The development of the flash signaling, adopted in the British navy in 1867, was an adaptation of the Morse code to lights.
The first application of the telegraph in time of war was made by the British in the Crimean War in 1854, but its capabilities were not well understood, and it was not widely used.
In addition to its employment in spanning long distances under the civilian-manned military telegraph organization, mobile field service was provided in the Union army by wagon trains equipped with insulated wire and lightweight poles for the rapid laying of telegraph lines.
Immediately before and during the Civil War visual signaling also received added impetus through development of a system, applying the Morse code of dots and dashes, that spelled out messages with flags by day and lights or torches by night.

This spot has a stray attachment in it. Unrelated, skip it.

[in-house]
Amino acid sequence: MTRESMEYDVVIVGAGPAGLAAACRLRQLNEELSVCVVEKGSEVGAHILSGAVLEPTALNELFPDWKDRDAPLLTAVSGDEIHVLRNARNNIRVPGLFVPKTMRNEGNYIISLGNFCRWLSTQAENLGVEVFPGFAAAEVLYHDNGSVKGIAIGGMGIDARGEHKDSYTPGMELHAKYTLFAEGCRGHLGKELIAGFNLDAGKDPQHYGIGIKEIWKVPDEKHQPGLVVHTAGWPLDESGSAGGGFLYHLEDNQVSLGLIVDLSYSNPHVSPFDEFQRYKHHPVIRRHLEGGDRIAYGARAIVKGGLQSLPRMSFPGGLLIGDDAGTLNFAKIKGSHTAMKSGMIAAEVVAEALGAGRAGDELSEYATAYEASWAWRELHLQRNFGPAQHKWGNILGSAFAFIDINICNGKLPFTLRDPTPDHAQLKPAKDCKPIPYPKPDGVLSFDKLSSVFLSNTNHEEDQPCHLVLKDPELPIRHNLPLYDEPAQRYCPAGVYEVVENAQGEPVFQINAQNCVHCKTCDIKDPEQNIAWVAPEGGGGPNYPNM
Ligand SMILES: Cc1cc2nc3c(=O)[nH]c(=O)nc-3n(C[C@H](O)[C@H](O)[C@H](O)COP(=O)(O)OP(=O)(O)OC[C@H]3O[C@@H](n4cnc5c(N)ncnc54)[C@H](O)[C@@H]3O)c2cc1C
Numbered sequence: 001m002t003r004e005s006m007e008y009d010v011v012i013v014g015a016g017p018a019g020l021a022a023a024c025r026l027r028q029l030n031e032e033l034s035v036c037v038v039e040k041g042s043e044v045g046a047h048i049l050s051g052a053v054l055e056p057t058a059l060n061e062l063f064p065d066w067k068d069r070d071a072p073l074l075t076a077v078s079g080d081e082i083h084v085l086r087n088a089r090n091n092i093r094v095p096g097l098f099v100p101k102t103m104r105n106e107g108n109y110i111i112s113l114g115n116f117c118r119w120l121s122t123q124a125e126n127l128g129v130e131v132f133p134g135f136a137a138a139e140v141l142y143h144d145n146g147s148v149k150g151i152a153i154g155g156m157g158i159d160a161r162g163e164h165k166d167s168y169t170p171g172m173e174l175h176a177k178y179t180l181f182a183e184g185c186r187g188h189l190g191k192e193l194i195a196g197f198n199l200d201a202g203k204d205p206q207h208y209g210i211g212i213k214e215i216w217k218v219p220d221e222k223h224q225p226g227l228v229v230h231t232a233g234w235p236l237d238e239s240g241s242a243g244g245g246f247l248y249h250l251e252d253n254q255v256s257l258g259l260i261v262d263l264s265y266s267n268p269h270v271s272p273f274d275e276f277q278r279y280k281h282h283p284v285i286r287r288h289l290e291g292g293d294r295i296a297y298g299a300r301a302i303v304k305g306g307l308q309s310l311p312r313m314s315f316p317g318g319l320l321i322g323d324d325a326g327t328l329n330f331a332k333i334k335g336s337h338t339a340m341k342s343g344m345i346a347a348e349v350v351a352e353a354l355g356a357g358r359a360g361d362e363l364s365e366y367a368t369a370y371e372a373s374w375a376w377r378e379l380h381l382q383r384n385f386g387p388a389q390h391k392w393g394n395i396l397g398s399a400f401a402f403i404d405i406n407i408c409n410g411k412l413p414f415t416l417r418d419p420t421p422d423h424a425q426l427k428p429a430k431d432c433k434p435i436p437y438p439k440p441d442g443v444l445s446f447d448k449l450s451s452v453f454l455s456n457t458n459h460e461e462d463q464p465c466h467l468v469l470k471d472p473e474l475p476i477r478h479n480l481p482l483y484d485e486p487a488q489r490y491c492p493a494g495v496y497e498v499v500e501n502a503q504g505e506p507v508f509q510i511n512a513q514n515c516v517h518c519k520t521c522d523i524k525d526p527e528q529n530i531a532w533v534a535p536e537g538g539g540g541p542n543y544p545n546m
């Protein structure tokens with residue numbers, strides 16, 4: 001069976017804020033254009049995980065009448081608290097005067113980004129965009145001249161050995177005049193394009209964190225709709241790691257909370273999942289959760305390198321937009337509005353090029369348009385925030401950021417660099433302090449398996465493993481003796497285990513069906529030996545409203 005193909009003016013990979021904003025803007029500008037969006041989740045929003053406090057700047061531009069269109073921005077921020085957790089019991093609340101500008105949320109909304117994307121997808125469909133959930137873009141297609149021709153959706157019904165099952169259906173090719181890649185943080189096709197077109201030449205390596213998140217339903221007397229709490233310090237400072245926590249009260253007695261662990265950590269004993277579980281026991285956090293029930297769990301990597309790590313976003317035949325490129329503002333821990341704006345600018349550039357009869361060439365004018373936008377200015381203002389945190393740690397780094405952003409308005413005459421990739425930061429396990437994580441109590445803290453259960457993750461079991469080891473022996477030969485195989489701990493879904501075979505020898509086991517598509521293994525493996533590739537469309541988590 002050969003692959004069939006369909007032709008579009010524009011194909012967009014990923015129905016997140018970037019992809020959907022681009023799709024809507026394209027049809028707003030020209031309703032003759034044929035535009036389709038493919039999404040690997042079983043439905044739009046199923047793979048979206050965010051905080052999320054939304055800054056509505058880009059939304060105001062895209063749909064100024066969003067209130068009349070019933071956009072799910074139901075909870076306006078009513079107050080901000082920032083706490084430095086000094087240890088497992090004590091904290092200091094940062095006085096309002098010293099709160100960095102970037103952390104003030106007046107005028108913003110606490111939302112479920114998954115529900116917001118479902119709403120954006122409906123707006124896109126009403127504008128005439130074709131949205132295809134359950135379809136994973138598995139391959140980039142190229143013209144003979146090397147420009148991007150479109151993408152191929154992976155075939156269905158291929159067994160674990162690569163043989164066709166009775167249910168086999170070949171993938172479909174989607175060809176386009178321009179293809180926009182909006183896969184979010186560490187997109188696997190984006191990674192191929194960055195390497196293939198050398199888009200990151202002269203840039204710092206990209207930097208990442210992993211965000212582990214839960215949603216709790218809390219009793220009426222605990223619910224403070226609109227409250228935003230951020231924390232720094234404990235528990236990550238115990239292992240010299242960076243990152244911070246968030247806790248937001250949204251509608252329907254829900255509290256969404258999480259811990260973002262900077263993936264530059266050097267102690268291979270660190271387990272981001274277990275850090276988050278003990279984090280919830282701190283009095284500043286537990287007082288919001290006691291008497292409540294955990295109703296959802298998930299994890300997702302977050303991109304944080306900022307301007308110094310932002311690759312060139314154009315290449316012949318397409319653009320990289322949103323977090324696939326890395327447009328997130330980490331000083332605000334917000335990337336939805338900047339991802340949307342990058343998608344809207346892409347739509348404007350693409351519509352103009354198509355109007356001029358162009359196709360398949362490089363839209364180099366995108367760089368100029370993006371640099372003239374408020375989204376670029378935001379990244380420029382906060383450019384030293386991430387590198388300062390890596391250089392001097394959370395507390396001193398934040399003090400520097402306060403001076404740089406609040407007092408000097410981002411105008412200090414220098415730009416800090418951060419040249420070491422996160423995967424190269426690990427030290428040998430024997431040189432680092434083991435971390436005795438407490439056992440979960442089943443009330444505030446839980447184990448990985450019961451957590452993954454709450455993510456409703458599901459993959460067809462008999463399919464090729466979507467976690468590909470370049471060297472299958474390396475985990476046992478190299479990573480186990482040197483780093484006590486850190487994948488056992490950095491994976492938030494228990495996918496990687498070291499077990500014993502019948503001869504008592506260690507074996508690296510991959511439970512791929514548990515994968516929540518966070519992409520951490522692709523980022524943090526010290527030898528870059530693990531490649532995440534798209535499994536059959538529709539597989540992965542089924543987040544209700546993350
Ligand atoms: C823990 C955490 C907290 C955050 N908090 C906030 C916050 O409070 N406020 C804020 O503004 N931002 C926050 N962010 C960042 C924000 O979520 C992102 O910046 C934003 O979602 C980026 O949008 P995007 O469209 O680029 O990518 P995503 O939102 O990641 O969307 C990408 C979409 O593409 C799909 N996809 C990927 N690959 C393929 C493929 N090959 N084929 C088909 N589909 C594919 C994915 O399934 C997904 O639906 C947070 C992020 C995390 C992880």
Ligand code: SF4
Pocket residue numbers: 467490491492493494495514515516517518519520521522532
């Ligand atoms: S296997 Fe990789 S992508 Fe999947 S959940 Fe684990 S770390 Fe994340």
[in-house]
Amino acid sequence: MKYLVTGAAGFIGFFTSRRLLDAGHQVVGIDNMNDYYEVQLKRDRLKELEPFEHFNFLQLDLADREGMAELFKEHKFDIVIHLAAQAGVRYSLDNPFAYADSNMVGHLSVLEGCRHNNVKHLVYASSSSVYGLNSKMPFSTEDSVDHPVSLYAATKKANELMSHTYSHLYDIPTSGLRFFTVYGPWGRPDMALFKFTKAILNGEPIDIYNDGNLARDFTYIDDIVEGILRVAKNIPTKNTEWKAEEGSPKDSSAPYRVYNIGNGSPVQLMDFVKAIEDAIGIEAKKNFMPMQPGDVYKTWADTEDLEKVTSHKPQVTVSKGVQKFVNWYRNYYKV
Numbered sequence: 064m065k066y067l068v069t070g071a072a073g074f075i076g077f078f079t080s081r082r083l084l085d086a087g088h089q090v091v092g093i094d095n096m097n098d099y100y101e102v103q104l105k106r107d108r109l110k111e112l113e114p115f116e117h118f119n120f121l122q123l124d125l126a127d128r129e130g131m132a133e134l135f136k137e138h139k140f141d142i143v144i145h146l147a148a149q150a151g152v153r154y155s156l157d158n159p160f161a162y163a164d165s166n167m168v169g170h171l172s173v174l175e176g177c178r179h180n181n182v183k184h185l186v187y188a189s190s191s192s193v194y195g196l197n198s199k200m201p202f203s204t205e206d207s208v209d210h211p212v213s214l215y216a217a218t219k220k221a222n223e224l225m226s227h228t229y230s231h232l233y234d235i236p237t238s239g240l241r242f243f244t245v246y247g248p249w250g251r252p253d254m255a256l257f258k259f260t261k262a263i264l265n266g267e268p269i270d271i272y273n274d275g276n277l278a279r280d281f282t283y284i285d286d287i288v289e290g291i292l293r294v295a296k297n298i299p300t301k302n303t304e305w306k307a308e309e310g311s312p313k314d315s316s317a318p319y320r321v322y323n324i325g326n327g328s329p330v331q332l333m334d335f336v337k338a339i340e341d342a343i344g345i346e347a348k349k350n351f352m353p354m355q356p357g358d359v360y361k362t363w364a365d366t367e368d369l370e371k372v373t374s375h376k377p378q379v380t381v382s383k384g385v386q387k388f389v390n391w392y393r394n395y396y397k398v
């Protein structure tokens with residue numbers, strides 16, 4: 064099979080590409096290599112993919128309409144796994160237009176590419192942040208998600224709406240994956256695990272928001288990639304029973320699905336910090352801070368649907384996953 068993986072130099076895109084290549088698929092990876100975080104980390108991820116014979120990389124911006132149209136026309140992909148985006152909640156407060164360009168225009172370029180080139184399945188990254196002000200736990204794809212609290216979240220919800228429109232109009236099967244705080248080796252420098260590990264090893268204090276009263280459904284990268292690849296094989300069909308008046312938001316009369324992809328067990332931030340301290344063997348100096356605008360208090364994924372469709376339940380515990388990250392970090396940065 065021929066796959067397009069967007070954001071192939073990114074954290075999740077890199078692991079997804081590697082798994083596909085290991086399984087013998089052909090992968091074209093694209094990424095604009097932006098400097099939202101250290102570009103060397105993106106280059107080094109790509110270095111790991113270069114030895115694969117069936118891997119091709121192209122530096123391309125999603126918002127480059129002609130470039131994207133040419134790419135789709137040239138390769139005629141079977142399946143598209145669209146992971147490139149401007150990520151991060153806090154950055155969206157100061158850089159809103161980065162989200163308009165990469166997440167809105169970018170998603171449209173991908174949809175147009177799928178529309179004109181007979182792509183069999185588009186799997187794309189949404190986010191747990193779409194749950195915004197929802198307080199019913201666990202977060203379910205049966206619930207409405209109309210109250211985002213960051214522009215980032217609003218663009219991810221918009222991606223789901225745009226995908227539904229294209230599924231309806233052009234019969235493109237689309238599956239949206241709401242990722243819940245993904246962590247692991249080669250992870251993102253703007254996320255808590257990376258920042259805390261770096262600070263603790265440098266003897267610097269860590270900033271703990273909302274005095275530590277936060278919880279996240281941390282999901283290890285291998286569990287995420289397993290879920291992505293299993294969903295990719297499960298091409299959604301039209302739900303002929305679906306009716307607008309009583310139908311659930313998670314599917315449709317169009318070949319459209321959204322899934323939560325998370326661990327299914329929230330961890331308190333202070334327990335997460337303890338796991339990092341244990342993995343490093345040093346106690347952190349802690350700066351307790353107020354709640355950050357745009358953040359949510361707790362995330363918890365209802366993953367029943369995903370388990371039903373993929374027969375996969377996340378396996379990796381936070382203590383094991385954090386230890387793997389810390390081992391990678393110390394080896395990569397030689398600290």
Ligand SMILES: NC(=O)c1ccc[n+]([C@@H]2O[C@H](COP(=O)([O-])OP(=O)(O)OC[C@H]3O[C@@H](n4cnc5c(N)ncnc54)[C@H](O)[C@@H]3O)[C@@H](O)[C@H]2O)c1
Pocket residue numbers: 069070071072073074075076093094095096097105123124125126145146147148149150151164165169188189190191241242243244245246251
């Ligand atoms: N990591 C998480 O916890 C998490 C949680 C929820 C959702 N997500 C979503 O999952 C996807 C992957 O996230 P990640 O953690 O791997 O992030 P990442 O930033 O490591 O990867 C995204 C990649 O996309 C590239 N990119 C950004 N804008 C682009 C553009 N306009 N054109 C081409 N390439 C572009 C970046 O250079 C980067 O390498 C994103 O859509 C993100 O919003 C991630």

The fact that commanders could not control, coordinate, and direct huge modern armies without efficient signal communication quickly became apparent to both the Allies and the Central Powers.
The Germans, despite years of concentration on the Schlieffen Plan, failed to provide adequately for communication between higher headquarters and the rapidly marching armies of the right wing driving through Belgium and northern France.
The organization and efficiency of the armies varied greatly.
At one end of the scale was Great Britain, with a small but highly developed signal service; and at the other end stood Russia, with a signal service inferior to that of the Union Army at the close of the American Civil War.Simultaneously, the Prussian and French armies also organized mobile telegraph trains.During the short, decisive Prussian campaign against Austria in 1866, field telegraph enabled Count Helmuth von Moltke, the Prussian commander, to exercise command over his distant armies.Another development for light signaling placed a movable shutter, controlled by a key, in front of a strong light.An operator, opening and closing the shutter, could produce short and long flashes to spell out messages in Morse code.The Prussian army in 1833 assigned such visual telegraph duties to engineer troops.